Building positive workplace relationships

This page includes guidance and support on how to build positive relationships in the workplace, with a short self-study module to help you cement learnings. 

All good relationships are built on trust.

Trust is built up by keeping up with work commitments, doing all work to the highest standard and resisting the temptation to gossip. People who can demonstrate that they can get the job done will gain trust from both patients and colleagues.

Defining a good workplace relationship

There are many important characteristics that make up good, healthy working relationships. These include:

  • mutual respect
  • open communication
  • empathy
  • trust
  • interpersonal skills
  • building rapport with every member of the team
  • assertiveness.

This short self-study module below covers how to build a positive relationship in the workplace. 

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Building positive workplace relationships
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Before you begin.
Before you begin, remember to:

• Be honest and open with yourself
• Treat yourself with kindness and respect
• Be present
• Enjoy!

Reflect on a positive relationship
Take a moment to think of a positive relationship in your life. Can you think of the reasons why this relationship works so well?
Positive relationships are different to each of us.
Positive relationships are different to each of us.

What do the below five factors that create a healthy working relationship mean to you?

• Mutual respect
• Open communication
• Empathy
• Trust
• Building rapport with every member of the team.

Mutual Respect.
Mutual Respect.

A simple and effective way of showing respect to someone else is to encourage their input and suggestions. While we may feel more comfortable in the presence of like-minded people, we often meet people from diverse backgrounds and it’s important to listen to views that may differ from your own.

Mutual Respect task.
Can you recall a time you noticed someone demonstrating respect at work? Take a moment to try and remember what they did.
Demonstrating respect.
Demonstrating respect.

• Treat others with empathy
• Treat all people equally
• Never use insults
• Be aware of your body language
• Don’t criticize over the little things.

Open Communication.
Open Communication.

Strong communication skills mean we can connect with others effectively, build trust and respect, and feel understood. Open communication means we encourage others to express ideas freely without fear of constructive criticism because we know how to listen and learn from it.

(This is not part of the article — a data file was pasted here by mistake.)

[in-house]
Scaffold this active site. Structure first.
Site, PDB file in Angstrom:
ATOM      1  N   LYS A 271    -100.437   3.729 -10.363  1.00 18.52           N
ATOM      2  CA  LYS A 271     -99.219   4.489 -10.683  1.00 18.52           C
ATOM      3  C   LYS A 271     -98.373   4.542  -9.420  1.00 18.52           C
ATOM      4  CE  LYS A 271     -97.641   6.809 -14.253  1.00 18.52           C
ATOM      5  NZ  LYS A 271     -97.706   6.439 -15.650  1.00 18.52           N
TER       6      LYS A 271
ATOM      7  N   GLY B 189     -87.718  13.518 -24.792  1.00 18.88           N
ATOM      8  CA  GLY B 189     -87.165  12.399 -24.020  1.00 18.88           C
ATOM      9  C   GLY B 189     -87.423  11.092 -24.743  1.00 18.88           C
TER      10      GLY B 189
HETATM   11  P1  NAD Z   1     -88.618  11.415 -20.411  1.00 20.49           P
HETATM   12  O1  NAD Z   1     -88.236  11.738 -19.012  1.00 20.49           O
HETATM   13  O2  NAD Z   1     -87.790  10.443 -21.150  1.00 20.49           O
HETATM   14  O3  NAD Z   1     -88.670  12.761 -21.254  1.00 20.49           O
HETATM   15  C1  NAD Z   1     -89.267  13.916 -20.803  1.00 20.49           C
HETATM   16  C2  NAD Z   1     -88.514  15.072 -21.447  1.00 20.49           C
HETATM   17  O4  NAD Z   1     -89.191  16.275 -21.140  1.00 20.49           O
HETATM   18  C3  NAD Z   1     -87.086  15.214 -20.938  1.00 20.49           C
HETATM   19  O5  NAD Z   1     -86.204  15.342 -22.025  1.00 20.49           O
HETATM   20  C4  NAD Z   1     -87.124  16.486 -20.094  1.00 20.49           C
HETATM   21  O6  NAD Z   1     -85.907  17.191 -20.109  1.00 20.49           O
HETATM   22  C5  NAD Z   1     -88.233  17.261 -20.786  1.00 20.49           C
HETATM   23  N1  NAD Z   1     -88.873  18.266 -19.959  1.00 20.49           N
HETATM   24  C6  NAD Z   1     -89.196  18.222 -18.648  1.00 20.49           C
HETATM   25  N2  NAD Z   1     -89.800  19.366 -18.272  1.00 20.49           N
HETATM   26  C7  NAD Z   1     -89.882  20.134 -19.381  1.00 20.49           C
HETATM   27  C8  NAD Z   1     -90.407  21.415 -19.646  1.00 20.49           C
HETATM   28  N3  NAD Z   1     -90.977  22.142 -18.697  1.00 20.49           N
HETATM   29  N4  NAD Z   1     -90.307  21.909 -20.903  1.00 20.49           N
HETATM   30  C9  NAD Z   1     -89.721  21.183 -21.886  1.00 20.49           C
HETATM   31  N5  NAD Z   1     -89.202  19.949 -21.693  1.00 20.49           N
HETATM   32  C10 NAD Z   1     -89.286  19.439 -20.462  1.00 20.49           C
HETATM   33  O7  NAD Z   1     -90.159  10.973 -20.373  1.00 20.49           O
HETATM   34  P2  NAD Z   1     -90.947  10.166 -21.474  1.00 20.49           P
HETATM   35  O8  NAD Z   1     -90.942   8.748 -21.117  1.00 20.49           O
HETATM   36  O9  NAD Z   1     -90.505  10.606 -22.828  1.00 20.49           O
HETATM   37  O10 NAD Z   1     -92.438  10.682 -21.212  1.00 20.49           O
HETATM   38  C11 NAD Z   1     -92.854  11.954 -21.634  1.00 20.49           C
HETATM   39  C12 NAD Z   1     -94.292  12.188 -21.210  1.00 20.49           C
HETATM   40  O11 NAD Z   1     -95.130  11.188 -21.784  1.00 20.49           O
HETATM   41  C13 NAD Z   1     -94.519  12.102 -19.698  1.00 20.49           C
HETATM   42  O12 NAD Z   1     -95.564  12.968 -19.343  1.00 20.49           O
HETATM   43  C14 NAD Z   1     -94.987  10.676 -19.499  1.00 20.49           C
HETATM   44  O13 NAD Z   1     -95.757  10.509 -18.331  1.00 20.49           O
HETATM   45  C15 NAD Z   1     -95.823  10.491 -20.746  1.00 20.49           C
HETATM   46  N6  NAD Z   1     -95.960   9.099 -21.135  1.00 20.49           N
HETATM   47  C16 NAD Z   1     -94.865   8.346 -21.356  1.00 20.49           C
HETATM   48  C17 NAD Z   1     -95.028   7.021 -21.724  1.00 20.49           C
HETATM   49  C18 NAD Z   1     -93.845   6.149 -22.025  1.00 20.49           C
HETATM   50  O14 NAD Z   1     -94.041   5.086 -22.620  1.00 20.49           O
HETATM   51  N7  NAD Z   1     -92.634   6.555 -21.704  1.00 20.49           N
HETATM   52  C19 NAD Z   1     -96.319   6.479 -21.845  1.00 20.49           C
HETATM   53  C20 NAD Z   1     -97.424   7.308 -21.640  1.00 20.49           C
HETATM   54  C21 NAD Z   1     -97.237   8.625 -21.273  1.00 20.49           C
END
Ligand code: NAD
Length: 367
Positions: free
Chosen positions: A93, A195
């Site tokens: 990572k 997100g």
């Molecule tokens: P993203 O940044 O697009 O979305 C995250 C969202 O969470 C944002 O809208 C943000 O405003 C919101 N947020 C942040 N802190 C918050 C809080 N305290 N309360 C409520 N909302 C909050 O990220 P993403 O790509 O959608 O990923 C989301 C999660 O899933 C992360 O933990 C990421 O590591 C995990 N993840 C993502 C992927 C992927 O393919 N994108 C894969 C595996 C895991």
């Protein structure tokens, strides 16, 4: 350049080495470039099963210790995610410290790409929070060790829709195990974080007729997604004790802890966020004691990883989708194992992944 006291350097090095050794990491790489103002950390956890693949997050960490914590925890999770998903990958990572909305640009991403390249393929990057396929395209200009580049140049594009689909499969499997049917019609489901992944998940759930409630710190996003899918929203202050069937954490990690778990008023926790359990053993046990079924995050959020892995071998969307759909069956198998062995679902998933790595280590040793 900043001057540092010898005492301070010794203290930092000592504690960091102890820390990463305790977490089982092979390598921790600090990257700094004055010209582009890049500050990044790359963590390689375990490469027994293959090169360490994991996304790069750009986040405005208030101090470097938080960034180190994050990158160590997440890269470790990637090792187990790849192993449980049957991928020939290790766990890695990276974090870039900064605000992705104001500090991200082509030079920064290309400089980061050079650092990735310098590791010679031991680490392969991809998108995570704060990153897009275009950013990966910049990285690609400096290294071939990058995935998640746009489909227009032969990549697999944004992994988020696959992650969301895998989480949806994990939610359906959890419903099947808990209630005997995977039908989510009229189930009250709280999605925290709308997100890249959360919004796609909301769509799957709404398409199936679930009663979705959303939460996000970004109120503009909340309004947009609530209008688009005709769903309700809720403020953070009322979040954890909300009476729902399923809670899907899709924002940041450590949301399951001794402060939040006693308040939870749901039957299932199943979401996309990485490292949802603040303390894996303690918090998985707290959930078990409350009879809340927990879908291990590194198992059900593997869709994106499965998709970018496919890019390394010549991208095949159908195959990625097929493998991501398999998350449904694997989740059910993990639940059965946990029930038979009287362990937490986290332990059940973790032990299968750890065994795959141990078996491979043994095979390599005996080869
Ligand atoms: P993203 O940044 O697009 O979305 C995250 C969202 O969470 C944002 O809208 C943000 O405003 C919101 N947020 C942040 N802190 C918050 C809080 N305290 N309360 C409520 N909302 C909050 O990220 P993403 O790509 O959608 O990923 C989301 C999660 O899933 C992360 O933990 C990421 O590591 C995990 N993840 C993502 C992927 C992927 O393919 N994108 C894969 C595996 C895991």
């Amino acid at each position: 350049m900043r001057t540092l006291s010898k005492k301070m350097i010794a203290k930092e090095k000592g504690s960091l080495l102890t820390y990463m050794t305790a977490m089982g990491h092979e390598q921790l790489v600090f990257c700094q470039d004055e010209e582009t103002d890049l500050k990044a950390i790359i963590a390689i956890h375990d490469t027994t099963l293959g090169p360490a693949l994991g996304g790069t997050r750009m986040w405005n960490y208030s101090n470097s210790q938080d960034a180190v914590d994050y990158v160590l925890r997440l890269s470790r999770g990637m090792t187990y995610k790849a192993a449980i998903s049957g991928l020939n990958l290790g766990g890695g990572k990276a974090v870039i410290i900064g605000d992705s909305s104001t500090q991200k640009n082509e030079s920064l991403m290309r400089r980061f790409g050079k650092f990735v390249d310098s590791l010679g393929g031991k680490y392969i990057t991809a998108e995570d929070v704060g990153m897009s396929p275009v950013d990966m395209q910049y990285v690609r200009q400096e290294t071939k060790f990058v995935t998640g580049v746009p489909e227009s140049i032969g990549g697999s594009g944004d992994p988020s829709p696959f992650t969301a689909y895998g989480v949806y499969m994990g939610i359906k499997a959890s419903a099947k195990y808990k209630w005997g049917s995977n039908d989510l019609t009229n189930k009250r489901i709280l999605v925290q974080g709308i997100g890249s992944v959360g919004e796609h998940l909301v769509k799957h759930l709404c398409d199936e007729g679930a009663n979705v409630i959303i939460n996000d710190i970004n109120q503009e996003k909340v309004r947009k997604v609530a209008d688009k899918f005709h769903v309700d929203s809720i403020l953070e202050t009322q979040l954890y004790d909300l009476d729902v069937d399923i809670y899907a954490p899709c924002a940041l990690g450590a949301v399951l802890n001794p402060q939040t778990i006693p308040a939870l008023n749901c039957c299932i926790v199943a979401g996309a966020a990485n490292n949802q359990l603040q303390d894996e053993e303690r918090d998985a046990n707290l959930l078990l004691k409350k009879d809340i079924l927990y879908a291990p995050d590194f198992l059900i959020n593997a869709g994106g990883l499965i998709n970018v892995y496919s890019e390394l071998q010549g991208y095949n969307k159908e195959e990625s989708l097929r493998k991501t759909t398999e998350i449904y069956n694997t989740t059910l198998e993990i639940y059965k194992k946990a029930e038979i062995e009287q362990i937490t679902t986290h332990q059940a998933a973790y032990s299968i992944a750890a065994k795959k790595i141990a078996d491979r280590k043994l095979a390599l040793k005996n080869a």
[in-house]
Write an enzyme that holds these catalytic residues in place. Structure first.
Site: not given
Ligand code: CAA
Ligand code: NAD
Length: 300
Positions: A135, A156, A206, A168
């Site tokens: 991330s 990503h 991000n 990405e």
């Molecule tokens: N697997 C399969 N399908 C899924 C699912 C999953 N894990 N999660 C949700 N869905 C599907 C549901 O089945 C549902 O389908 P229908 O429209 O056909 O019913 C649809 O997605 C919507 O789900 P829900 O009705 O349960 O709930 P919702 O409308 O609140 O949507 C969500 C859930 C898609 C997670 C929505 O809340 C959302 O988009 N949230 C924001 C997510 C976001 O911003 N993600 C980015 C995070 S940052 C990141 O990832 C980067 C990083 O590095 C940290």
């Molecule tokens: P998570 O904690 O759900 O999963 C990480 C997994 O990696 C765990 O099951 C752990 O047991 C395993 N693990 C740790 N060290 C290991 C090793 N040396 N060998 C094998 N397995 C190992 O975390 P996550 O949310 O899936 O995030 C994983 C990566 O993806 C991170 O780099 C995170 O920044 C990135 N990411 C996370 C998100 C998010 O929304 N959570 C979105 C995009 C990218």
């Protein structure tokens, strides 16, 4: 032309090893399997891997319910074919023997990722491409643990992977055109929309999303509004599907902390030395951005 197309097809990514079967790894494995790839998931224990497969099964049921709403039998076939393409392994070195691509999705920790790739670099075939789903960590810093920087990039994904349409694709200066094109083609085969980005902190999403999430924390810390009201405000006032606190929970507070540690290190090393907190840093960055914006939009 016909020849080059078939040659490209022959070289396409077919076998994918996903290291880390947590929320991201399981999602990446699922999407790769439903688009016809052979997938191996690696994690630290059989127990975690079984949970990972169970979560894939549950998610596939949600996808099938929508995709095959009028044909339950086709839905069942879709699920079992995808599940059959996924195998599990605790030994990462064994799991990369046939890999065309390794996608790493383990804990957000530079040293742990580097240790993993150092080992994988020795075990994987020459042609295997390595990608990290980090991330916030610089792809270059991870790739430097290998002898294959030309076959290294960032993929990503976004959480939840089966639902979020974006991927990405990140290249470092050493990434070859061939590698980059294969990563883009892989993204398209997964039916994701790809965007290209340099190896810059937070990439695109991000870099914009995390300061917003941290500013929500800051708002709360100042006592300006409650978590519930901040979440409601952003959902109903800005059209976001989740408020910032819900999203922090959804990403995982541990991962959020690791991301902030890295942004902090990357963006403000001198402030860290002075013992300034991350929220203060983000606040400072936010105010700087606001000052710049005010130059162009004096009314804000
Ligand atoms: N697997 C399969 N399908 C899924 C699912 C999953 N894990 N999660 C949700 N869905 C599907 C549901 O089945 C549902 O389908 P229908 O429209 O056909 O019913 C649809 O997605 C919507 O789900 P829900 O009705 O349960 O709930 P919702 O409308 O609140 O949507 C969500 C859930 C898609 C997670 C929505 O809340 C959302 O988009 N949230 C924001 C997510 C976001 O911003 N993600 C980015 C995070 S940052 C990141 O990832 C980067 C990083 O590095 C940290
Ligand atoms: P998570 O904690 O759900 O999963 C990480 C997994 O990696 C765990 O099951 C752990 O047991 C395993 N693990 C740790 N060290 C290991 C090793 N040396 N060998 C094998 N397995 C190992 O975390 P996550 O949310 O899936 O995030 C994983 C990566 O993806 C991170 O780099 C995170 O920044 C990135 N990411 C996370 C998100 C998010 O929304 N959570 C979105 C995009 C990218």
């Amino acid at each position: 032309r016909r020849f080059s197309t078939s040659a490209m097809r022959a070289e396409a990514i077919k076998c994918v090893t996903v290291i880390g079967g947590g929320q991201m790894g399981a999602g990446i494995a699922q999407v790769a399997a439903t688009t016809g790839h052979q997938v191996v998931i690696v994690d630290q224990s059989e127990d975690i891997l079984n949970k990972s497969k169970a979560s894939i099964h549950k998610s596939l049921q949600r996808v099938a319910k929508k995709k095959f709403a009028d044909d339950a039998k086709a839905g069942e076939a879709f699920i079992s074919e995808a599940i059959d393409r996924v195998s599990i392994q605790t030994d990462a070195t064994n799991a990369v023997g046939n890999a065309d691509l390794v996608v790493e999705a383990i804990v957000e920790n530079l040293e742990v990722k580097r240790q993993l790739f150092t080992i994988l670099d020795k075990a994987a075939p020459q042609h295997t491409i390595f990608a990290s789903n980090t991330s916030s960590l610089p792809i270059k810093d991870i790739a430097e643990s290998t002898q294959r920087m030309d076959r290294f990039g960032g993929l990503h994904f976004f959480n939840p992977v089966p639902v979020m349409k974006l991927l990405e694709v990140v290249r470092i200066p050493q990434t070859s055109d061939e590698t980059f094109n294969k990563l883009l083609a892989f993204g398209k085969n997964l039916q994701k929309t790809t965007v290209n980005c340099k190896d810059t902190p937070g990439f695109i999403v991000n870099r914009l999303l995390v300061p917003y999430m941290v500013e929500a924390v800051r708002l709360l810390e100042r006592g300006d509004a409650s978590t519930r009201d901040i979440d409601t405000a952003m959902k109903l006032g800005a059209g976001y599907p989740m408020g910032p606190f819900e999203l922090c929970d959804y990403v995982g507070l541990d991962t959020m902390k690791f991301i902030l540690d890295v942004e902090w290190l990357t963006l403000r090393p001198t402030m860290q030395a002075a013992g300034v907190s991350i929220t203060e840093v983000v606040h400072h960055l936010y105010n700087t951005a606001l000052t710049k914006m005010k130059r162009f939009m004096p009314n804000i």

Open Communication Task.
Think of a recent conversation you have had at work. Do you remember what the other person said as much as what you did?
Empathy.
Empathy.

Empathy is an awareness of the feelings and emotions of others. It should not be confused with sympathy; which is the ability to ‘feel’ for somebody, rather it is the state of mind that allows people to feel ‘with’ another person. Compassion, selflessness and being non-judgemental are key factors to developing empathy.

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Trust.
Trust.

All good relationships are built on trust. Trust is built up by keeping up with work commitments, doing all work to the highest standard and resisting the temptation to gossip. People who can demonstrate that they can get the job done will gain trust from both patients and colleagues.

Interpersonal skills.
Interpersonal skills.

Interpersonal skills at work relate to our ability to get along with others while getting the job done.

• Verbal and non-verbal communication
• Listening skills
• Negotiation
• Problem-solving and decision-making
• Assertiveness.

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Final task.
Mindfulness can help to reduce stress, anxiety and conflict.

It can be helpful to consider the following questions when deciding whether you are mindful.

• Do you ever dwell on past events and catch yourself dreading what the future holds?
• Are you able to recollect your morning routine or daily commute?
• How often do you eat at your work-space without tasting your food?

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End Slide with Button
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